We have recently updated our boot process via NAND on the Am1705 so that we have redundant boot images to use if we get damaged NAND areas. To this end, we now have 2 copies each of the initial User bootloader (UBL) stored at blocks 1 & 2 of the NAND chip in AIS format. Our UBL has some useful low-level diagnostics, but in normal boot it simply loads one of 2 U-Boot copies from either the primary or secondary area of NAND, then we use some U-Boot scripting to do the same for the 2 Linux kernel image copies, which, once running the OS, uses a UBIFS NAND partition.
We chose this route due to a couple of field failures (in the U-Boot image's ECC); the idea being that UBIFS can maintain itself pretty well once the board is fully up and running, but we don't really have the same option for the boot-level binaries. We have a Linux script that checks the redundant images against each other, plus it looks at any creeping ECC failures over time. If any discrepancies are found, it re-programs the affected image using the data from the good copy.
I noticed relatively early that there was a potential weakness in this scheme relating to the on-chip ROM bootloader (RBL); namely, that if we found a damaged Block 1 and happened to lose power after erasing it prior to refreshing with a good copy (from Block 2), then the RBL seemed to abort boot when it encountered a blank Block 1, rather than trying to load data from successive blocks, as I had assumed. Further testing has shown that RBL will only check Block 2 for our 2nd UBL copy if Block 1 is marked bad. I have tried introducing errors in the AIS image's CRC, ECC errors and simply damaging the magic word at the start of the block - all of these result in a non-bootable board, even though there is a perfectly good UBL image stored at Block 2.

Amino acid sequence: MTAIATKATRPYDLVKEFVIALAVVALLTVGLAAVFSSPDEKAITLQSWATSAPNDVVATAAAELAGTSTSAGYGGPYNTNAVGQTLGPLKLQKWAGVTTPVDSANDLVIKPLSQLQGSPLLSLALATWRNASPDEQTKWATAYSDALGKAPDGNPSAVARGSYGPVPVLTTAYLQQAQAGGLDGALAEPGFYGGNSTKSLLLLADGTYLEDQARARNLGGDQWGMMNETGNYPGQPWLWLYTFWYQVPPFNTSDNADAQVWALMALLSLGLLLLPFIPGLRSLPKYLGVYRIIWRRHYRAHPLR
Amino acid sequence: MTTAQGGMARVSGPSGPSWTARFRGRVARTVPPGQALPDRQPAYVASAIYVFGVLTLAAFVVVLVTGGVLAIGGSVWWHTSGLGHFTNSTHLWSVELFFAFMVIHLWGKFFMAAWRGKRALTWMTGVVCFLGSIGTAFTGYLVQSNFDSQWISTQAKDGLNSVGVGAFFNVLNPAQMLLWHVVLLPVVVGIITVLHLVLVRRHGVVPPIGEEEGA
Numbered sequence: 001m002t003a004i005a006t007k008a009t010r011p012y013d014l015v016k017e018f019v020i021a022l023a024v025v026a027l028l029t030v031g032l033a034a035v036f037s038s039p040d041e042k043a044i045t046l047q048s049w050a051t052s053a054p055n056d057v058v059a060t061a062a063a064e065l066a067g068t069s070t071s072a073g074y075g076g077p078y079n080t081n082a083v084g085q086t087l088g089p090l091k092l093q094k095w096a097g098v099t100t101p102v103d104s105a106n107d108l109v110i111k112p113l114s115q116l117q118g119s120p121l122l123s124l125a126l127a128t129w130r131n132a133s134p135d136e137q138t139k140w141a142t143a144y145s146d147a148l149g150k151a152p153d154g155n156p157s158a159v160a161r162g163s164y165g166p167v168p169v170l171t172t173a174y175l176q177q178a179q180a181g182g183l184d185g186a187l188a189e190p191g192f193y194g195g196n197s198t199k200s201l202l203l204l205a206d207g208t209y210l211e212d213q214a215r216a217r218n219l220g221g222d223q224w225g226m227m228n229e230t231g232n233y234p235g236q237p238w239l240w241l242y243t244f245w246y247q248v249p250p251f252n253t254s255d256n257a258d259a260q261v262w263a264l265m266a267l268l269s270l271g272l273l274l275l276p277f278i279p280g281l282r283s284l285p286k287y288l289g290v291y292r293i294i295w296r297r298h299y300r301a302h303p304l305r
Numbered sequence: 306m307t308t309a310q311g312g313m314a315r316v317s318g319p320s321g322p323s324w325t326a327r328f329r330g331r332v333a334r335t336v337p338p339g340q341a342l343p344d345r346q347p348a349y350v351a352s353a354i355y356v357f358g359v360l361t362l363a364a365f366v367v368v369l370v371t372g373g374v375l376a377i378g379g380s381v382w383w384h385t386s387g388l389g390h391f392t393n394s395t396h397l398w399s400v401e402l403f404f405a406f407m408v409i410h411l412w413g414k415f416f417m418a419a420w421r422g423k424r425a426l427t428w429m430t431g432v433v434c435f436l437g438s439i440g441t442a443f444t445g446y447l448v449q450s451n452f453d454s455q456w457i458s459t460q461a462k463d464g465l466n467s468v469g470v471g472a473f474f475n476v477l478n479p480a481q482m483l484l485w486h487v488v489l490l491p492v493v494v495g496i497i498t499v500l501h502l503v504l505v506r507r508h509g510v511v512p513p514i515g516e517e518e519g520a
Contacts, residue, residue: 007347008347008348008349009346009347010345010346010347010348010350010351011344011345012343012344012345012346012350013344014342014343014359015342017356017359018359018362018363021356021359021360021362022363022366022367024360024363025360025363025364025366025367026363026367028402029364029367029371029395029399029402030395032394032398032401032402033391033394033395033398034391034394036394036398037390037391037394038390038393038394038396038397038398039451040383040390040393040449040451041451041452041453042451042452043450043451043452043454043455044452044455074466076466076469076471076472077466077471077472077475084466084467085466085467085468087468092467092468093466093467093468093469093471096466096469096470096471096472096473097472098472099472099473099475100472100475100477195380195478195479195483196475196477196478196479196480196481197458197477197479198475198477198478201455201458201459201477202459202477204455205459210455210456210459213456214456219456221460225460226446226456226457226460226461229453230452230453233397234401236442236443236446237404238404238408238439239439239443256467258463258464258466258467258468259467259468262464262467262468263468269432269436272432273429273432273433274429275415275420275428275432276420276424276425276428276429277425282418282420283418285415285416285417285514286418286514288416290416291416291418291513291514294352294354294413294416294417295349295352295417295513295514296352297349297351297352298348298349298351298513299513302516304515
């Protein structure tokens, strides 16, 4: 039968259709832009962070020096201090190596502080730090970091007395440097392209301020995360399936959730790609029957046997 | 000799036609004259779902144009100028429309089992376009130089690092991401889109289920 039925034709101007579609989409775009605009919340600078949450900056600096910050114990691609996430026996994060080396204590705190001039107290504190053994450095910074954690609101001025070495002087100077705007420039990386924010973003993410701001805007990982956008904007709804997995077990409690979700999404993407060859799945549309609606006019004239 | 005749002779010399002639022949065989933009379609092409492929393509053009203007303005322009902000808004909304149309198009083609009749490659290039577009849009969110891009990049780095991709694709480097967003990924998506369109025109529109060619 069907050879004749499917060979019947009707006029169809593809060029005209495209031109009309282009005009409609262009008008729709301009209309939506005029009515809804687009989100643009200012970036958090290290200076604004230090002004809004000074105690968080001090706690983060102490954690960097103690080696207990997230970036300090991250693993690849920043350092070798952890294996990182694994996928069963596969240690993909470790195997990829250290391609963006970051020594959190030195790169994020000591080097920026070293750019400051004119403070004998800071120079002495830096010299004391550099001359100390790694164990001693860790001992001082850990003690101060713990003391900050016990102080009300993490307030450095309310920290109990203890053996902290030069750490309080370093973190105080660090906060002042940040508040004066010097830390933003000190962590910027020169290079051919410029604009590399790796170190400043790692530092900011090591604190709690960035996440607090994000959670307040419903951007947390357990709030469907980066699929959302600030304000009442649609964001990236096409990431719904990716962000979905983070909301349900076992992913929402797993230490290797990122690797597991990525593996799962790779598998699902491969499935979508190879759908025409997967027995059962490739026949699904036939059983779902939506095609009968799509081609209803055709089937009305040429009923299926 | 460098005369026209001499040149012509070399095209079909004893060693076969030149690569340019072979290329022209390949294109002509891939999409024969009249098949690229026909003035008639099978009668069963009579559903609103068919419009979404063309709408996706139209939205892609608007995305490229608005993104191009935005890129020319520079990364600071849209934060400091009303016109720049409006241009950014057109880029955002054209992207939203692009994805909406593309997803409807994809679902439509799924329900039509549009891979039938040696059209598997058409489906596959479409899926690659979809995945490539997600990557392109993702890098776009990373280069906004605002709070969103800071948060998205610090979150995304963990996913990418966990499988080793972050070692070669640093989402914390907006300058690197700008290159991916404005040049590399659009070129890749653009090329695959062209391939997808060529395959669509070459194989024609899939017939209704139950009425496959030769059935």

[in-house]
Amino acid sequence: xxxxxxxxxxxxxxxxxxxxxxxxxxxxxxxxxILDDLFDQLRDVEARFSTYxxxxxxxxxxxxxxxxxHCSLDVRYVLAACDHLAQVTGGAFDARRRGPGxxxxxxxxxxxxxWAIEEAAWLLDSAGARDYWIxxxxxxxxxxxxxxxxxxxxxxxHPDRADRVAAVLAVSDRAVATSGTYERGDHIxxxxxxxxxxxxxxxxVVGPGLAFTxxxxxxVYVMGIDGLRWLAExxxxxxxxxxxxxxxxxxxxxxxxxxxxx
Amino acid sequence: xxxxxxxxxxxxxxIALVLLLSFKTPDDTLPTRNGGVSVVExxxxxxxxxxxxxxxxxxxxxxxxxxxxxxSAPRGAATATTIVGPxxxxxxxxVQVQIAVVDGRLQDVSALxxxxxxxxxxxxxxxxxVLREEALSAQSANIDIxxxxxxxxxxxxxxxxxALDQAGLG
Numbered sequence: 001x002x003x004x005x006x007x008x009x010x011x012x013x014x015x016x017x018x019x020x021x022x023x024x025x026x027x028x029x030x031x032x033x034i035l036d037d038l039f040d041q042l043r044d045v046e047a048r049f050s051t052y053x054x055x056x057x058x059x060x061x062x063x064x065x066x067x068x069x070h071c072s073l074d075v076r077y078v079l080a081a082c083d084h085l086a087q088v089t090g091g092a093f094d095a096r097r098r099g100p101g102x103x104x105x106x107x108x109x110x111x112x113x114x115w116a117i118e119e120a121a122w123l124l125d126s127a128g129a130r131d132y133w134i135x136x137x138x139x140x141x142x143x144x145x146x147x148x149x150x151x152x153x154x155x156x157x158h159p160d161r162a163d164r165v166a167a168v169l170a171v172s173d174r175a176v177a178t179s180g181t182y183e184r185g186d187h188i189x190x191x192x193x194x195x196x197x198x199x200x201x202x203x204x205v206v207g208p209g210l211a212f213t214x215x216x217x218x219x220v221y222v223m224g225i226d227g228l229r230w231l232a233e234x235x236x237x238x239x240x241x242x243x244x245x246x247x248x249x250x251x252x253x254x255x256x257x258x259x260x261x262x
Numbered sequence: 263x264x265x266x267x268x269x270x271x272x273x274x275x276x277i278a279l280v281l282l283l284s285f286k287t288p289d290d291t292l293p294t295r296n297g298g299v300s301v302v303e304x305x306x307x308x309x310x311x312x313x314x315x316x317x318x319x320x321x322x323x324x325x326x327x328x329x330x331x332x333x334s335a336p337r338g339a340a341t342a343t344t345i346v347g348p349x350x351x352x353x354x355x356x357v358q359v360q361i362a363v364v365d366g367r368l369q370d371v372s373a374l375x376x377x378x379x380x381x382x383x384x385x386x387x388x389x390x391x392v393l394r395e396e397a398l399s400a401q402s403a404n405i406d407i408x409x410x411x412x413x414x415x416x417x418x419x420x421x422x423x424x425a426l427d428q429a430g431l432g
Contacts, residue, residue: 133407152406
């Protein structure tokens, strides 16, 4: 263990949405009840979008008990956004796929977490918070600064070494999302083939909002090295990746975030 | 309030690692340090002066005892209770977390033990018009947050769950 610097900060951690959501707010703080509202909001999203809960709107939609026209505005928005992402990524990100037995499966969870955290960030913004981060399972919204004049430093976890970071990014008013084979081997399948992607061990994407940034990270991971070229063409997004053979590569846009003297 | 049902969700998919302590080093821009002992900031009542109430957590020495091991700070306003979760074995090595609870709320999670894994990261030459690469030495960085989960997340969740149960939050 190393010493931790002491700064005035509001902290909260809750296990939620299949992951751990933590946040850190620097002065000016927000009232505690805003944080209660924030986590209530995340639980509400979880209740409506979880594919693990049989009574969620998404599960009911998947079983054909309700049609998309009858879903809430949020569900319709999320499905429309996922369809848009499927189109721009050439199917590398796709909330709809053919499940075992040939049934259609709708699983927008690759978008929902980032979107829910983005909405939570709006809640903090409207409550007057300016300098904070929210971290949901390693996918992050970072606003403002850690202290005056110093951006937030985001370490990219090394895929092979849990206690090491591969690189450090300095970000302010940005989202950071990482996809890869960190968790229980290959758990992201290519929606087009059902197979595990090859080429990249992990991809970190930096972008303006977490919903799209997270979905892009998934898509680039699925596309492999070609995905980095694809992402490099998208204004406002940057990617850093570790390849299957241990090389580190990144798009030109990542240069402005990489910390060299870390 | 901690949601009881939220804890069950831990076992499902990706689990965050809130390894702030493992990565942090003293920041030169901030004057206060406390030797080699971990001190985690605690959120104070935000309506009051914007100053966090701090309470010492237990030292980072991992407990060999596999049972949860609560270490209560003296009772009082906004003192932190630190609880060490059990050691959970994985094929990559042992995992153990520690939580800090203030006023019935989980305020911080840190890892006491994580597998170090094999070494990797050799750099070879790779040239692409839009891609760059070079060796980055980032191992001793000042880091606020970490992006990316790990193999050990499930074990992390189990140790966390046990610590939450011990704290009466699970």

Is my understanding of the RBL 'abort boot' conditions correct? I realise that we can't change the RBL behaviour, but we may have to look more carefully in how we deal with Block 1 with our NAND checking script if there's a limited number of options that lead to Block 2 being checked if Block 1 contains errors.
Is there source code for the RBL available to check my suspicions?